Now that I have said all this necessary legal stuff, I want to encourage you to participate in the dialogue that the blogs generate and look forward to your responses to the blogs through your questions and thoughts, comments and related experiences and insights that you bring and share here.  
Guy Mcilroy
March 2013

Wednesday, 6 March 2013

Signing hymns

I went to church today with an interpreter there. Good, I thought. There were only a few deafies there and a reasonable interpreter, the second interpreter was not really clear, too much SE. 
And that got me thinking. I half-wondered at the time, that the songs make sense in SE. It makes it accessible I suppose, by I feel that the worship is dis-jointed and dis-connected for me. I know that sounds somewhat hypocritical coming from me because SE is often a good way for me to follow, half listening and half watching, and hopefully getting the full message. But the reality is that I am usually not following it all as well as I expect, and miss things, and I find this very tiring. This amalgam of two languages is definitely messing with my head. I need to do one and do it properly. 
How does this link to bilingual model and signing? I think that if the worship is signed well, is should draw me into the sacred space, but that does not often happen, unless I already know the songs and the signing helps to transcend the spoken words, which I already know by heart, then this becomes a moment of silence in the midst of the music as I and we as a body find God in our midst. The words have to be known to me, otherwise it is just a meaningless noise around me. At the moment, I am coming back to the hymns I know during Lent, and Easter to find the source of worship and drink deeply there. Do you know any hymns for Easter that are signed in SASL, a video of this would be great to watch. Let’s make a collection, who is interested?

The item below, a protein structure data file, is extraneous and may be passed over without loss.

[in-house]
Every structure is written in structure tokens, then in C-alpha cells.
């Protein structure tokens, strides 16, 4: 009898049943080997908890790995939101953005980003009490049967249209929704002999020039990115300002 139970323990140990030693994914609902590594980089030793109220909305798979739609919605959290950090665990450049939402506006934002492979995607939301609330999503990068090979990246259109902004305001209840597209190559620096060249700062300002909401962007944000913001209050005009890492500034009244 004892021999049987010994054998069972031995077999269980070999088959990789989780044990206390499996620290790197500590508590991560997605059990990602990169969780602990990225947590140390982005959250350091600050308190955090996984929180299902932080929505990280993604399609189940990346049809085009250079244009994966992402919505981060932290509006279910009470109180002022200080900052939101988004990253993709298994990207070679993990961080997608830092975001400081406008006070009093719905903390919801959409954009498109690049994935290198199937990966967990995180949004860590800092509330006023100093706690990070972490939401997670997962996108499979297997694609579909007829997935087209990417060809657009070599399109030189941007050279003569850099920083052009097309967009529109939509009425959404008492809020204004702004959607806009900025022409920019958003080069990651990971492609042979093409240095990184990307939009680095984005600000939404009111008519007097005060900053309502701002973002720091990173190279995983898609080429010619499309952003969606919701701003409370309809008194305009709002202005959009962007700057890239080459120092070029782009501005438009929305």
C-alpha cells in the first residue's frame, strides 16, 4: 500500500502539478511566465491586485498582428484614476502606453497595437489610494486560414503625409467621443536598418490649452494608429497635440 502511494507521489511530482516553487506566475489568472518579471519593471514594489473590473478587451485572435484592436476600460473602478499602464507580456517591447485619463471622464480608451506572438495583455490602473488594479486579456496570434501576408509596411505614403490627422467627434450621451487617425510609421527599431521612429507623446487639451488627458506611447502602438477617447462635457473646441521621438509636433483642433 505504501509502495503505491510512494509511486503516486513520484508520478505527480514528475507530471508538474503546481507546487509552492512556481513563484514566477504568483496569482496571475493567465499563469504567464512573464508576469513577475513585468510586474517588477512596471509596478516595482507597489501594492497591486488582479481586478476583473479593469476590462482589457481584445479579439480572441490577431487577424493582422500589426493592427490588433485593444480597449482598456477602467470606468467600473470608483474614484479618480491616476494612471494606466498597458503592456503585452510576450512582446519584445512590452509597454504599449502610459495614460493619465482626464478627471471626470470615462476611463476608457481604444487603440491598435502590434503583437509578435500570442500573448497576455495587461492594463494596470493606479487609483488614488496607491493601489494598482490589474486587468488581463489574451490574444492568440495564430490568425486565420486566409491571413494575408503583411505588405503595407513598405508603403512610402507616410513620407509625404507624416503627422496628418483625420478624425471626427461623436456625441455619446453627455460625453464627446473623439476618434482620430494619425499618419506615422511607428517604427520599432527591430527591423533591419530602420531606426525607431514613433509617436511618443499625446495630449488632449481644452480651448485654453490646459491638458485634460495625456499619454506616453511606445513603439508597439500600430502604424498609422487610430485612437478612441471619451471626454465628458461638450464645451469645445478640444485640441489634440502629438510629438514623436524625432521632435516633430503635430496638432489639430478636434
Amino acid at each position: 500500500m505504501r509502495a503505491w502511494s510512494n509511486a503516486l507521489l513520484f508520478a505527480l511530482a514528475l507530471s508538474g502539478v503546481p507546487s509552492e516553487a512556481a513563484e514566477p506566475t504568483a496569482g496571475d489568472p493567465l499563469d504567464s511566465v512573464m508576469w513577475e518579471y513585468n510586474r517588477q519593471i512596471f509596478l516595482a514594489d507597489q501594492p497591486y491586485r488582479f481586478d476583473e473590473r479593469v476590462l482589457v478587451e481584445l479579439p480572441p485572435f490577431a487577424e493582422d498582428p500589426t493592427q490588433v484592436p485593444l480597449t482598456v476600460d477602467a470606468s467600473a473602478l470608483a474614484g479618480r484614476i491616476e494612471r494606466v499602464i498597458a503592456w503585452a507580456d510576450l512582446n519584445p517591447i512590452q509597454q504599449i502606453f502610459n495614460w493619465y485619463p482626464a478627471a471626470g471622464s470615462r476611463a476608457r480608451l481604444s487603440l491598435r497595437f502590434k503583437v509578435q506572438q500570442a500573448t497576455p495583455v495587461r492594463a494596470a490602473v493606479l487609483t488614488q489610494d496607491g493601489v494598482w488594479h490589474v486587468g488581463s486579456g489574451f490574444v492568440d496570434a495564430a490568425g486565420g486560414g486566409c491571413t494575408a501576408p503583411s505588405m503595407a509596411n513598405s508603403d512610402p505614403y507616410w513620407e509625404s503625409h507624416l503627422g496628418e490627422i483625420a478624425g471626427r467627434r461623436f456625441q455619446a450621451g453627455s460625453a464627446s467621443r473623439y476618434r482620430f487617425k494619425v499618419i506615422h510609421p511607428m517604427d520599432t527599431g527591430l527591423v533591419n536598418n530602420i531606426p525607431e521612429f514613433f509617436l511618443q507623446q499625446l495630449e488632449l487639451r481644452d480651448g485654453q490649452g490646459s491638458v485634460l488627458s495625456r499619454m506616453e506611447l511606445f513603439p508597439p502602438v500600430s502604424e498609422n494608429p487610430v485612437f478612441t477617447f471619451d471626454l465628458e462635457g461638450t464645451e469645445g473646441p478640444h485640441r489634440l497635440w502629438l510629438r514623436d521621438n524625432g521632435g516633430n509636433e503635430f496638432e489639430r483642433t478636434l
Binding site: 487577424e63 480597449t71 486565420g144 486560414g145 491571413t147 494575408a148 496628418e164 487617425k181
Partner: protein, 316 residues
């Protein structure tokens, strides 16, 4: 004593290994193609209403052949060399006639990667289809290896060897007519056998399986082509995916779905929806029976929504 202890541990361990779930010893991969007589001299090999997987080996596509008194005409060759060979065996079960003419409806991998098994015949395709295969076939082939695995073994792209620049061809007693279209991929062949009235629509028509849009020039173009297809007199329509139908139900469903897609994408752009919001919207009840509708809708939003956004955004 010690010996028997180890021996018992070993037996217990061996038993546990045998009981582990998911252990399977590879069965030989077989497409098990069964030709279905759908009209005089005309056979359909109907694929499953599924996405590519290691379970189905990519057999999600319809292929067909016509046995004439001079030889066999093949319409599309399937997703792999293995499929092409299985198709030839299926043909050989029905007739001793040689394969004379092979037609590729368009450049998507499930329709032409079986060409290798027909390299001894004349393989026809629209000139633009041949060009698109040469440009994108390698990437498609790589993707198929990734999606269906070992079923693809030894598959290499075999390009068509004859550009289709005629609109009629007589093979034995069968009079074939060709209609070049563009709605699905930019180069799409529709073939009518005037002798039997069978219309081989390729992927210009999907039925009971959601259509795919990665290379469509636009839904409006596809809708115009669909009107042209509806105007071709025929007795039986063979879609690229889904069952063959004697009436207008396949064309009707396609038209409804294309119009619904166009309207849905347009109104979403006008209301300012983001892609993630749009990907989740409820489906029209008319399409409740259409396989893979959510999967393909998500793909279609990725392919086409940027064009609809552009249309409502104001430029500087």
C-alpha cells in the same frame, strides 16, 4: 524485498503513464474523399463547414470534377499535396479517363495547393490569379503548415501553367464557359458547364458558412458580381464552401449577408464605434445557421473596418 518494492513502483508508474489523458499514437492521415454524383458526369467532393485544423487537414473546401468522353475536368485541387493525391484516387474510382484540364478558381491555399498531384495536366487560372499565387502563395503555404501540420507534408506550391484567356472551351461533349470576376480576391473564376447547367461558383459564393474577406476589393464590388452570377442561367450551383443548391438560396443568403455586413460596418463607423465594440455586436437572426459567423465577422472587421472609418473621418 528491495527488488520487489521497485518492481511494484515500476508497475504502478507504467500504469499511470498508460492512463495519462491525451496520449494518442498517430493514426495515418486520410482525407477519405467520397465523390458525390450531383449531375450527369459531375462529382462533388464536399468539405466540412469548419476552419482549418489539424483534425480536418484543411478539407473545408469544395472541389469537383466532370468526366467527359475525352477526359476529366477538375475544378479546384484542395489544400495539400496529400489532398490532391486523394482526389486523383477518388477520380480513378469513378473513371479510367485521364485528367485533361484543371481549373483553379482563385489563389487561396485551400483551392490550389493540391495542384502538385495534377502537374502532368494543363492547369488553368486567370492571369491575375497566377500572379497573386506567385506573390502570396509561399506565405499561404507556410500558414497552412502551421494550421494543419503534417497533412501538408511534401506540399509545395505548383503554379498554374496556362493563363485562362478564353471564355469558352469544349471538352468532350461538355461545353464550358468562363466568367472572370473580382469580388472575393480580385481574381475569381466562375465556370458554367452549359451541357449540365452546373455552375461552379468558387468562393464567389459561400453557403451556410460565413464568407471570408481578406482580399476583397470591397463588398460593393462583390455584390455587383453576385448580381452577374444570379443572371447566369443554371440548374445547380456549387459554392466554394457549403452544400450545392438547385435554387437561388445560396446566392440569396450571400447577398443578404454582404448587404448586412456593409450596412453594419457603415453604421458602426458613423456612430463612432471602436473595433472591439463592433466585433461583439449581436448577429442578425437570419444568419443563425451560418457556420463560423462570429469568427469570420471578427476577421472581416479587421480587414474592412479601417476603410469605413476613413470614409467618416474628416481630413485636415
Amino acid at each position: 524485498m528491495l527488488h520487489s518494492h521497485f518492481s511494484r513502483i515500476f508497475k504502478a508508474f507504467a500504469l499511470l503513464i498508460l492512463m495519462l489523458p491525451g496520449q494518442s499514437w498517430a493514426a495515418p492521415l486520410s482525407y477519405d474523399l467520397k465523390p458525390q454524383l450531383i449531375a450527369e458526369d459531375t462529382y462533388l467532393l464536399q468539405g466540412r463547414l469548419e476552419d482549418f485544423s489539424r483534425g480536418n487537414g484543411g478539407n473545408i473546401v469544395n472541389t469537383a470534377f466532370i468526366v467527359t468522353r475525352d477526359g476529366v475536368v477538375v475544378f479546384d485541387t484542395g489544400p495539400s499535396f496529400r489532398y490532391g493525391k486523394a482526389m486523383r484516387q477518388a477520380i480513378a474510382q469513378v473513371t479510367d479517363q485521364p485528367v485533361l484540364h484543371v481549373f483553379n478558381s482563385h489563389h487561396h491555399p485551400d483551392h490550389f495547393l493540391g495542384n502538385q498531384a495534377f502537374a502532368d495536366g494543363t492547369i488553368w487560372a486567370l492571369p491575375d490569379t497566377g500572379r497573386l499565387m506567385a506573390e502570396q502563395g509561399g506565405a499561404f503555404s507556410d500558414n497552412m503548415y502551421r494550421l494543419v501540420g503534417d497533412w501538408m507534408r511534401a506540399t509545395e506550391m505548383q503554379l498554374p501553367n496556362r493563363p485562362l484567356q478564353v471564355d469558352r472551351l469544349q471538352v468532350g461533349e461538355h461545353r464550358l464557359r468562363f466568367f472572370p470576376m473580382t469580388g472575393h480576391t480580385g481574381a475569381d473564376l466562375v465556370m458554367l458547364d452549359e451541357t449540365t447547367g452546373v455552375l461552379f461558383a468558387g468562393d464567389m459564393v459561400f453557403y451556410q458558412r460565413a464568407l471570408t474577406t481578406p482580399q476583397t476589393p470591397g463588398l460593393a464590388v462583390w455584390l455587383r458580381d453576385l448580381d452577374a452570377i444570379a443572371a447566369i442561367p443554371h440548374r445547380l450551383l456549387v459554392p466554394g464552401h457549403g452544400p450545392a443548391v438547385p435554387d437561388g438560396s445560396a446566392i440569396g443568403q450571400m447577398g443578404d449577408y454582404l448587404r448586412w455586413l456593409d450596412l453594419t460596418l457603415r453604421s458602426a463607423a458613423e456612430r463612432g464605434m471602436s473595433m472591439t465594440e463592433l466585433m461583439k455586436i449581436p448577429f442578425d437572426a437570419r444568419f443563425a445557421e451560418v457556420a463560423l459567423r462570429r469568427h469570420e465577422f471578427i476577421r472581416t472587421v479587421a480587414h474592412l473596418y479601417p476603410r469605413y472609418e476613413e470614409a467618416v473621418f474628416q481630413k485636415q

That is a thought on my mind at the moment.
What do you think?

Deaf Blog 27 Feb

Am I a bilingual deaf person? I thought this has become a reality for me. But I think the real issue is that I am not a 50-50 bilingual and never will be because English is my first language, and my signing is always at second language level. So what?  Or is it so what!. Actually, I think that when I am signing, as what happening in the SASL class with third years, I found that my language processing was quite different to when I talk in English. In fact, some of the students commented, unprompted on this afterwards. Umm, that had me thinking about what Claudine said the week earlier:  I am not BI bilingual. And this is ok in the same way as English speaking person is rarely a fully bilingual user of two languages, English and Afrikaans.  
And it is for this reason that I think that being bilingual is fine for most people, as long as they are honest with themselves and their respective audiences.  So this fits in with the trans-languaging view of bilingualism, and releases me from the stress and strain to be BI, but I want to be as good as I can be, through the interactions and contact with others to improve my signing as much as possible, as there is room for growth. I wonder what Prof Young thinks about this point, and how this journey evolves?
Similarly, I also wonder what Garcia would say about this. I imagine that she would go along with this point, and I need to read her paper again to build on my understanding of her argument away from equal bilingualism towards dynamic bilingualism. This leads me to the teacher’s and their experiences and where this understanding of bilingualism  is taking them, and are they happy to go along with the ride, or want to get off, or refuse to get on the roller-coaster?  Change is scary!